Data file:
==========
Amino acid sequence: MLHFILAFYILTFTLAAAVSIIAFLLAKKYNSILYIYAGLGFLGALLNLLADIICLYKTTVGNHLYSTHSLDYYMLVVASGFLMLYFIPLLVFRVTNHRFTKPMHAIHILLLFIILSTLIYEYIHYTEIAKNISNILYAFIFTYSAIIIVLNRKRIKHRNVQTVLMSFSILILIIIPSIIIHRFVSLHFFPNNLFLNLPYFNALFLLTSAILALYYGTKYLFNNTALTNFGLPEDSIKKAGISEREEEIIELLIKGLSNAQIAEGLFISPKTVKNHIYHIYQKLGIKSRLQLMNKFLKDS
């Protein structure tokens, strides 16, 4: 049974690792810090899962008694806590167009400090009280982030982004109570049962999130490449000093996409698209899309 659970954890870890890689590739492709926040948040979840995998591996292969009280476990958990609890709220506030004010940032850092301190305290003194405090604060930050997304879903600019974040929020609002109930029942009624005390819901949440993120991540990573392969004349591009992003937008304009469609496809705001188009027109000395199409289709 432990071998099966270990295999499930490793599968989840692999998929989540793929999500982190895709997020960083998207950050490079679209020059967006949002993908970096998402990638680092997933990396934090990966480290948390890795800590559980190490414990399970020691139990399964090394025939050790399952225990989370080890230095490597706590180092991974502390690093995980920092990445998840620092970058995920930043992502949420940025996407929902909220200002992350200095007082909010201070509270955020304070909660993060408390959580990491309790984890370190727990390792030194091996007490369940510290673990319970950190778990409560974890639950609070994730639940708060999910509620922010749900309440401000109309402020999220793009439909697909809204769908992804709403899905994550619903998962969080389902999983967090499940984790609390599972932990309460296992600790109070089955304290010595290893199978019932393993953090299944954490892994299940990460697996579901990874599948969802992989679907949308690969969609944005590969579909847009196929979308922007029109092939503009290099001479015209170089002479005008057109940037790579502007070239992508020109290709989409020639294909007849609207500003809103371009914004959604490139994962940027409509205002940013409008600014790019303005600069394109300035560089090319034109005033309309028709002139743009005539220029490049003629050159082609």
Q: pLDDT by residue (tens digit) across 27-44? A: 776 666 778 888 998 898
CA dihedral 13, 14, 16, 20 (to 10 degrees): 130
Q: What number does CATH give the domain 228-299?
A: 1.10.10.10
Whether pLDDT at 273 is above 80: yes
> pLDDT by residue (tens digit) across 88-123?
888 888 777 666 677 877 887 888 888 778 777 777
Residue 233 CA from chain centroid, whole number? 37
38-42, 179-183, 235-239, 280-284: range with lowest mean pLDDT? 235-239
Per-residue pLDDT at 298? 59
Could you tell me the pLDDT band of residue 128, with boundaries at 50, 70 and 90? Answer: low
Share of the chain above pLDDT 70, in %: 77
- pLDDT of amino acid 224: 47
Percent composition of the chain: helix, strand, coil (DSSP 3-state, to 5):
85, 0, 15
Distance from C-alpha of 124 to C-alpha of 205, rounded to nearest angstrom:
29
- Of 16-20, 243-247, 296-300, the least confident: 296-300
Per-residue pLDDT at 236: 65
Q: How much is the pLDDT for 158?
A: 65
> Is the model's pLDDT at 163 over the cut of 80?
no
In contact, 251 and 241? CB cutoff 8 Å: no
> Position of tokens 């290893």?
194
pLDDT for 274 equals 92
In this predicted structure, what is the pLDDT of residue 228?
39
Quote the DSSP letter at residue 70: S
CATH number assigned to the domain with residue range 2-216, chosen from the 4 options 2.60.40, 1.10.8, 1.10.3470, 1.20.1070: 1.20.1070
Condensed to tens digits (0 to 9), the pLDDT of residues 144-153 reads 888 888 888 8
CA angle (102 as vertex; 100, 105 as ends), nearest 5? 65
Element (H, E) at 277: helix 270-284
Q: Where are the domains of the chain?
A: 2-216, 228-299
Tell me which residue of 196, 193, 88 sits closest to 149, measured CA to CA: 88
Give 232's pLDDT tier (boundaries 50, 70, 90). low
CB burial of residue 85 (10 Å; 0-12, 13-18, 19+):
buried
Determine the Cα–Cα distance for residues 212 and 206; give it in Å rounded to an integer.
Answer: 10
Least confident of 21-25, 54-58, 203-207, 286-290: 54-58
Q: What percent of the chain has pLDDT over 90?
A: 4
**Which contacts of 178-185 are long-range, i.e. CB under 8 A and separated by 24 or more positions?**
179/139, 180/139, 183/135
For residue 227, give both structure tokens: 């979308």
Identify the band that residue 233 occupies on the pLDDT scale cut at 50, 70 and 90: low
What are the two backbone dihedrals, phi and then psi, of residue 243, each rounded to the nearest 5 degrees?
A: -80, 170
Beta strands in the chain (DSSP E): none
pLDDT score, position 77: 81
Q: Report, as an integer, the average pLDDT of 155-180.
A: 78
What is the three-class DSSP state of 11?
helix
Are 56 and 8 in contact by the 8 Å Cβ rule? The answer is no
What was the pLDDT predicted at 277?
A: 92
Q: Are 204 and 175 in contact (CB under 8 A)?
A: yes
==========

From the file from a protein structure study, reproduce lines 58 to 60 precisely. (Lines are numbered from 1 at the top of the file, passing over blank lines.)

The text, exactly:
What is the three-class DSSP state of 11?
helix
Are 56 and 8 in contact by the 8 Å Cβ rule? The answer is no